Definition: Hybrids are constructed with comfort layers of memory foam and/or latex over a pocketed coil support core. They are designed to cushion and conform to the body, but the coils usually give the surface a fairly supportive and responsive feel. Hybrids usually perform for six to seven years and have an average price range of $1,600 to $2,000.
Balanced Feel: Hybrid mattresses are a happy medium for many heavy sleepers because they offer the contouring and pressure relief of foam and latex beds, along with the strong support and consistent temperature neutrality of innerspring mattresses. Hybrid models with thicker coils usually provide the best stability if you weigh more than 230 pounds.
Definition: Most innersprings have relatively thin polyfoam comfort layers and a support core with non-pocketed Bonnell, offset, or continuous wire coils. Some have transitional minicoils, as well. Innersprings don’t conform very closely, and they feel responsive and bouncy. The average innerspring lasts for five to seven years and has a price-point of $900 to $1,100.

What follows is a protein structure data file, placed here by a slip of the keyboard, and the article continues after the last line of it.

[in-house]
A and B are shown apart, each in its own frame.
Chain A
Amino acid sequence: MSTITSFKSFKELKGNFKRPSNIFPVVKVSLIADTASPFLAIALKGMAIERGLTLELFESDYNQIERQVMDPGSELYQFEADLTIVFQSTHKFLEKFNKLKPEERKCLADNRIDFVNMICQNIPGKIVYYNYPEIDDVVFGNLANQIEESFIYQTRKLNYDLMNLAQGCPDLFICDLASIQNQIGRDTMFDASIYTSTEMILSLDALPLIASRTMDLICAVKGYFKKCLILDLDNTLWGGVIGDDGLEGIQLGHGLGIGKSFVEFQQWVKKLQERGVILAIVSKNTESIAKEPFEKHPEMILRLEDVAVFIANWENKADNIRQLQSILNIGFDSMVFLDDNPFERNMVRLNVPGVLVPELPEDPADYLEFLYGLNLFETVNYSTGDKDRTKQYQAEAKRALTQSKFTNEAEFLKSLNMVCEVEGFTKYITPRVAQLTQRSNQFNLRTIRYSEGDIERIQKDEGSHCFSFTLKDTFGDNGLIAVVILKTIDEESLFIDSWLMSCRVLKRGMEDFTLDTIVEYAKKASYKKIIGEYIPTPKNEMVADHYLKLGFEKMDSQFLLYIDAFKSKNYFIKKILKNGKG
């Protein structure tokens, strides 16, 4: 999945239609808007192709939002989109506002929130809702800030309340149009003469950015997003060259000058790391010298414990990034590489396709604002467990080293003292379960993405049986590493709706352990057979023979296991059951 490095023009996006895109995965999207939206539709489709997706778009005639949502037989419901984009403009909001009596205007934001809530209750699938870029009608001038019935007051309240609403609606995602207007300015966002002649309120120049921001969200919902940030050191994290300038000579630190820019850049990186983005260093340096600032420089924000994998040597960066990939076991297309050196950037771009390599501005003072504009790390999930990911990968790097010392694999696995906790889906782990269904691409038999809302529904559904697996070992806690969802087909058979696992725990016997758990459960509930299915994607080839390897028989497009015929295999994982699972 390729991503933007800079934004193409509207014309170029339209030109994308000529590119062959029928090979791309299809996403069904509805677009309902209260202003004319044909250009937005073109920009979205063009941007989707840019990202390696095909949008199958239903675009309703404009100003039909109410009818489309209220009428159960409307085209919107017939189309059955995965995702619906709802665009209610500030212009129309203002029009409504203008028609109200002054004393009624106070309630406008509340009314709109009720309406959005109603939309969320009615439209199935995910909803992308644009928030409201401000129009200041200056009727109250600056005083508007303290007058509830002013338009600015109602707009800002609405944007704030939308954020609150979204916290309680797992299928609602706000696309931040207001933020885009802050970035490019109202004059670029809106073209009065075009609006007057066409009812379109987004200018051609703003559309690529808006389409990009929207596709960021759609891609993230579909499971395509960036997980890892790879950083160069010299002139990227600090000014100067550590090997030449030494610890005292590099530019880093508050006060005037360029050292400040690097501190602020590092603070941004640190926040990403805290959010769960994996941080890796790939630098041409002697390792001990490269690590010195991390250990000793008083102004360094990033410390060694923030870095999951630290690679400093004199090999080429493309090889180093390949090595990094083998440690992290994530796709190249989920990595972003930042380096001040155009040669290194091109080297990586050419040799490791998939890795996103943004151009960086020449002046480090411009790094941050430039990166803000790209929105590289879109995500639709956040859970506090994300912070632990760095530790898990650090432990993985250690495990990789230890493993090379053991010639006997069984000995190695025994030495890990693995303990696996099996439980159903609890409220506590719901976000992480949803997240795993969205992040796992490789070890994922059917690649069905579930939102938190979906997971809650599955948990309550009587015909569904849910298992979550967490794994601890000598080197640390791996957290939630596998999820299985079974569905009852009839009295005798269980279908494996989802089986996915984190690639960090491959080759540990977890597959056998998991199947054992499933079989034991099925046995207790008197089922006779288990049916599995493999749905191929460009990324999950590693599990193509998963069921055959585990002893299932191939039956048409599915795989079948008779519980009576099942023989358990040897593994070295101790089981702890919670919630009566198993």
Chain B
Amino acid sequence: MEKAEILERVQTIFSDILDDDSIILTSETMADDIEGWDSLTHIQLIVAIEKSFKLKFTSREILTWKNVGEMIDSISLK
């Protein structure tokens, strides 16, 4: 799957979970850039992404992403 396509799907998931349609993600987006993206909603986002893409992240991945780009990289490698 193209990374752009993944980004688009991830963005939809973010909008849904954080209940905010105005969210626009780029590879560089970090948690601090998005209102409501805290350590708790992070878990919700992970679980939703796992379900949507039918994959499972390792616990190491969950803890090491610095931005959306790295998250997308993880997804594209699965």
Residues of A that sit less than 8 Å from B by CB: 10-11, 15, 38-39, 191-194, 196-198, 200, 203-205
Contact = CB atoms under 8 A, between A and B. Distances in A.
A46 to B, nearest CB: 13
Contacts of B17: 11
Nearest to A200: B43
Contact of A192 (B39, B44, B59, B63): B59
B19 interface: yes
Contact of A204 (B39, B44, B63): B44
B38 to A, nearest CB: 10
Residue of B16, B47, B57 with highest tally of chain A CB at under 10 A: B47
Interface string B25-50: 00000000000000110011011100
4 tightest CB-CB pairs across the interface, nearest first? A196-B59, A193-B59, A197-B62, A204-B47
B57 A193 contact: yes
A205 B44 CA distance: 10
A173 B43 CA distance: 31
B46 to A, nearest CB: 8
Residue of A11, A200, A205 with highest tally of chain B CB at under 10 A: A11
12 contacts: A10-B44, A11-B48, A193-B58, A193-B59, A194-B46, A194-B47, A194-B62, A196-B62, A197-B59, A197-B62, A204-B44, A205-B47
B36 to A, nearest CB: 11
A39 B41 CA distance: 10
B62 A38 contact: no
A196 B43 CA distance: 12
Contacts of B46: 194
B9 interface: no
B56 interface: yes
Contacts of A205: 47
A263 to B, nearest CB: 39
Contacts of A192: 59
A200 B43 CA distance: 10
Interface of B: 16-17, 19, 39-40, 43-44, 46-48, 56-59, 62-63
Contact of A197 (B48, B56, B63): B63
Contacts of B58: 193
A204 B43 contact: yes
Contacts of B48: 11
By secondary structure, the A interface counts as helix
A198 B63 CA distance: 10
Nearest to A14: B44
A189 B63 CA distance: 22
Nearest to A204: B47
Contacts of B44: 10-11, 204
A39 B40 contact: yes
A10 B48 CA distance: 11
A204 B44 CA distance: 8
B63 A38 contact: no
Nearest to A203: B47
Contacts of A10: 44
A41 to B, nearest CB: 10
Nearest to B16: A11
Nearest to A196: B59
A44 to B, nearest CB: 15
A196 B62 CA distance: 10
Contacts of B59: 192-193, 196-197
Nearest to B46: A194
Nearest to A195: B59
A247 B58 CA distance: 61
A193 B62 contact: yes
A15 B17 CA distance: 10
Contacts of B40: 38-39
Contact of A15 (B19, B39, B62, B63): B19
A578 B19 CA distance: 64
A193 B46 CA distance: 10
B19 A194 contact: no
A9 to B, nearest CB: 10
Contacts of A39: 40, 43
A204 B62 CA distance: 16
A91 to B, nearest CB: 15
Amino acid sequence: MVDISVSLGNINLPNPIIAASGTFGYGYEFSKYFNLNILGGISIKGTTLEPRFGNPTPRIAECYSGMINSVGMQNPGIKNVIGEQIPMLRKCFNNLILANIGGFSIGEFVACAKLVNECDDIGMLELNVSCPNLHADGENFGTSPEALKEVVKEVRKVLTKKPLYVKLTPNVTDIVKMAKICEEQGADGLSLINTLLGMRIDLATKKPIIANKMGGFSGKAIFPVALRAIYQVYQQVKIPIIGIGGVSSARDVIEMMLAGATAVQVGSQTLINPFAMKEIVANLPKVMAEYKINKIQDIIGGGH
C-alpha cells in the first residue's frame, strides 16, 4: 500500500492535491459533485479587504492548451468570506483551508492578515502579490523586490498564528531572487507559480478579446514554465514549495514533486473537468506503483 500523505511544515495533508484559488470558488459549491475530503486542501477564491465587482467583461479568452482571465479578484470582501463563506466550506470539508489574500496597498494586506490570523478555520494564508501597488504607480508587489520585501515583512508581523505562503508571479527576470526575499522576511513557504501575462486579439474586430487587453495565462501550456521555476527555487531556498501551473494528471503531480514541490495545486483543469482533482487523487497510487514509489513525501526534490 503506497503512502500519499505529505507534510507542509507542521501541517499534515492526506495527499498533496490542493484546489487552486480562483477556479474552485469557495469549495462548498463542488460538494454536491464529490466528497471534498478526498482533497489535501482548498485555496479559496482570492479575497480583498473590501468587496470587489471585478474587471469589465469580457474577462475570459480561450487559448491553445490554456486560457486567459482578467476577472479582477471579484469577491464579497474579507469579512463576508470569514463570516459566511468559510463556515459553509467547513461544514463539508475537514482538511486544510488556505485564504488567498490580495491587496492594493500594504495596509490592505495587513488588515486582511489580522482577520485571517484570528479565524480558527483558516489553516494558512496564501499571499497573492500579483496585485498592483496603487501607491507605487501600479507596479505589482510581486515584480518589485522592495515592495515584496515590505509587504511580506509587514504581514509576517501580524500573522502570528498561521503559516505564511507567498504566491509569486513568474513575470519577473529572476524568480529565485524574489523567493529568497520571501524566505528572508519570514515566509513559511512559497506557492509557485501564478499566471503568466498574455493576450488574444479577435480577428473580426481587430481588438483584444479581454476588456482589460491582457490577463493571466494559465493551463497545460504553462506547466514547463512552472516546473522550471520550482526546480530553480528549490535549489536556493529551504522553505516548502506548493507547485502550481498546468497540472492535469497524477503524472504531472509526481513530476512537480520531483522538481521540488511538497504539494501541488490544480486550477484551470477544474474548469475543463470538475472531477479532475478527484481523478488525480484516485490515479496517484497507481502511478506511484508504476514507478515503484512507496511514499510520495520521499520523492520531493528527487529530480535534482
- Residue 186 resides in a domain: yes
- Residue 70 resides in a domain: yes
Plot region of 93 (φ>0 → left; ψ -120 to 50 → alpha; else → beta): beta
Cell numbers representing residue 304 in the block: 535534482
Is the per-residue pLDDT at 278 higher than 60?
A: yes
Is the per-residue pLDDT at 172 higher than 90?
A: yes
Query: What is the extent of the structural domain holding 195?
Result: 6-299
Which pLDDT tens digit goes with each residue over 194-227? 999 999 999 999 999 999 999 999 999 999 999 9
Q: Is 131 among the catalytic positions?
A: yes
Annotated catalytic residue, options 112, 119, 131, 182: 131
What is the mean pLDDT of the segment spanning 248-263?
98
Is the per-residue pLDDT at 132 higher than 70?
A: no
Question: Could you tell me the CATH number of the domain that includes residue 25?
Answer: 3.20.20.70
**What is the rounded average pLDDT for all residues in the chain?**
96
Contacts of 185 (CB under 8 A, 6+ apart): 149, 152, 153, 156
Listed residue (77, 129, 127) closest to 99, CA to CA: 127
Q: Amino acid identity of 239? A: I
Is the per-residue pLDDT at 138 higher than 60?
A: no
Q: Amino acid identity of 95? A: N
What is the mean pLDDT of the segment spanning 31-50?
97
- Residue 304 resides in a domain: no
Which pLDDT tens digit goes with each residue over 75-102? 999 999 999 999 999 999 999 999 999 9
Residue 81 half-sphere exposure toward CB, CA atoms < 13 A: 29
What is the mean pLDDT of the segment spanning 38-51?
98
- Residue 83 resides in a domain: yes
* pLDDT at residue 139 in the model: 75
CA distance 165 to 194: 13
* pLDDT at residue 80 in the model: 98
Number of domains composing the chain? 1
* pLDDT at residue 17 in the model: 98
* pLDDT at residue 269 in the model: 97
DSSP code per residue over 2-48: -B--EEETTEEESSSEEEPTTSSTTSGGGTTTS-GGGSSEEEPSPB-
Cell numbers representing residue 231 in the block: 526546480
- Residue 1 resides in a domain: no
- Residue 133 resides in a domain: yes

Exceptional Support and Breathability: Innersprings usually feel very stable because their coil support cores are considerably thicker than the comfort layers. Sleepers over 230 pounds remain on an even plane. You won’t sink very much, and you’ll experience little to no added pressure. Most innersprings promote steady airflow to help you sleep cool, too.
Definition: Latex is produced from the sap of rubber trees. The material is naturally responsive. It also contours to sleepers, but usually not to the same extent as foam. Latex is very durable, as well, and all-latex beds have a lifespan of at least eight years. The average price range for these mattresses is $1,600 to $2,000.
Long-Lasting Support: Latex won’t deteriorate and lose its shape as quickly as foam. This means better support and less sink over time, especially if you weigh more than 230 pounds. The material’s contouring ability is great if you want pressure relief without the body hug.